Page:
The Supreme Court of the United States made history last summer when it ruled that the definition of marriage under federal law was unconstitutional. Not surprisingly, this momentous decision left officials with the Department of Justice very busy, as they suddenly had to review existing policies and procedures at the nation's many federal agencies and make the necessary amendments to ensure compliance with SCOTUS' decision.
Specifically, DOJ officials had to ensure that all agencies recognized that two people of the same sex are treated as married under federal law if their marriage was legally sanctioned in a state/jurisdiction that has chosen to recognize such unions.
While this lengthy process has actually proceeded relatively smoothly, problems have arisen with the Social Security Administration, where regulations expressly state that the definition of marriage is dependent upon the state in which a person happens to reside, not where they were originally married.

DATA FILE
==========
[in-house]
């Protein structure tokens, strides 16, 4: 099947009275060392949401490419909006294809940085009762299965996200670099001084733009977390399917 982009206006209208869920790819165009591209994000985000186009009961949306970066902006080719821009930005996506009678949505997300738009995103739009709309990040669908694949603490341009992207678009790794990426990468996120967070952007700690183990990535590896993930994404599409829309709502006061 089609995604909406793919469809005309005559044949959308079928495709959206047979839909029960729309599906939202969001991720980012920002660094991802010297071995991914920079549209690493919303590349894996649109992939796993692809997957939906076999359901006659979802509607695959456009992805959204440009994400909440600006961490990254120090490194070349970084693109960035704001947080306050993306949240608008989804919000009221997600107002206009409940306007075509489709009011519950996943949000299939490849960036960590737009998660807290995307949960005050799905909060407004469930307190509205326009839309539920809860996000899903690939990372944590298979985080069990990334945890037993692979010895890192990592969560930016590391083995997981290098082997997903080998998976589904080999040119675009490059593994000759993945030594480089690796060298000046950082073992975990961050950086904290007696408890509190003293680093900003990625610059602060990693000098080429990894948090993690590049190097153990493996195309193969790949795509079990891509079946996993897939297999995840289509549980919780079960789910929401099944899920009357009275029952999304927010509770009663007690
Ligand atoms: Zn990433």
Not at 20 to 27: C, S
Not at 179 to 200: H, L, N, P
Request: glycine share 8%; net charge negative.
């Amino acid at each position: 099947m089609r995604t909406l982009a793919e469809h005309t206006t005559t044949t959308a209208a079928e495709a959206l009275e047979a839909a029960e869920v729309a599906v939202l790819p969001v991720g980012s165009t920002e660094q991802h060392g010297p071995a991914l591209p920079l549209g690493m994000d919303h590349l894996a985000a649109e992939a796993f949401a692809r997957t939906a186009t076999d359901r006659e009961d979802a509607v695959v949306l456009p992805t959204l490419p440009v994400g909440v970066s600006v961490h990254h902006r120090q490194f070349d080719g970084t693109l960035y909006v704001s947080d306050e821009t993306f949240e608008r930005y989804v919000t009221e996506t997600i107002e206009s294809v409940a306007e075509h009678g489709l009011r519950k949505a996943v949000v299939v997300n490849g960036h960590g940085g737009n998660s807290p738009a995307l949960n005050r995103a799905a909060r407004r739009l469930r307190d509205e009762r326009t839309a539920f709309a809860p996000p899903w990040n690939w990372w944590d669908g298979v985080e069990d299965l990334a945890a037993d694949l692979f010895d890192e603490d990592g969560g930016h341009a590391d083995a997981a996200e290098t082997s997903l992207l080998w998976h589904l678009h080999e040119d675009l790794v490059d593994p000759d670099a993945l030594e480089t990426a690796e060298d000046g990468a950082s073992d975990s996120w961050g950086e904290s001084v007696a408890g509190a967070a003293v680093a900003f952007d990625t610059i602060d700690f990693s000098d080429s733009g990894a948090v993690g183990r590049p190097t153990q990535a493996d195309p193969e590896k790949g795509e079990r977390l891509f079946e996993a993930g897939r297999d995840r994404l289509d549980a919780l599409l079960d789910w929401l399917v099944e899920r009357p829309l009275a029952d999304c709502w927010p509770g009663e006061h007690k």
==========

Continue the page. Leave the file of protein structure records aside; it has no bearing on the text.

To illustrate, a same-sex couple may have been legally married in Iowa and moved to Texas, where same-sex marriages are not given legal recognition. Here, SSA regulations would follow Texas law, such that the couple would not be viewed as being married.
This situation is starting to change at the SSA thanks to the efforts of DOJ officials and the agency is now starting to implement the necessary changes to ensure that people in same-sex marriages receive the benefits to which they are otherwise entitled.
For instance, the SSA recently announced that it is now processing benefits for the surviving spouses of same-sex marriages. In general, these so-called widow's benefits are payable to 1) those who were legally married to their partner at the time of his or her death or 2) those who were legally married for a minimum of ten years but eventually divorced.
Regardless of whether a person is in a same-sex or heterosexual marriage, they should be aware of a few things regarding these widow's benefits:
- The maximum amount received is the amount their deceased spouse was receiving or would have received at the time of their death.
- In order to be eligible for widow's benefits, a person must be at least 60 (50 if they are disabled).
- If the recipient of widow's benefits has not yet reached the full retirement age of 66, the amount received will be reduced.
Stay tuned for more news about updates to SSA policies ...
If you believe that you have been wrongly denied SSD benefits or would like to learn more about SSI benefits, consider speaking with an experienced attorney dedicated to securing the assistance you need and deserve.
Source: Fox Business, "Social Security begins paying same-sex couple claims," Gail Buckner, Dec. 16, 2013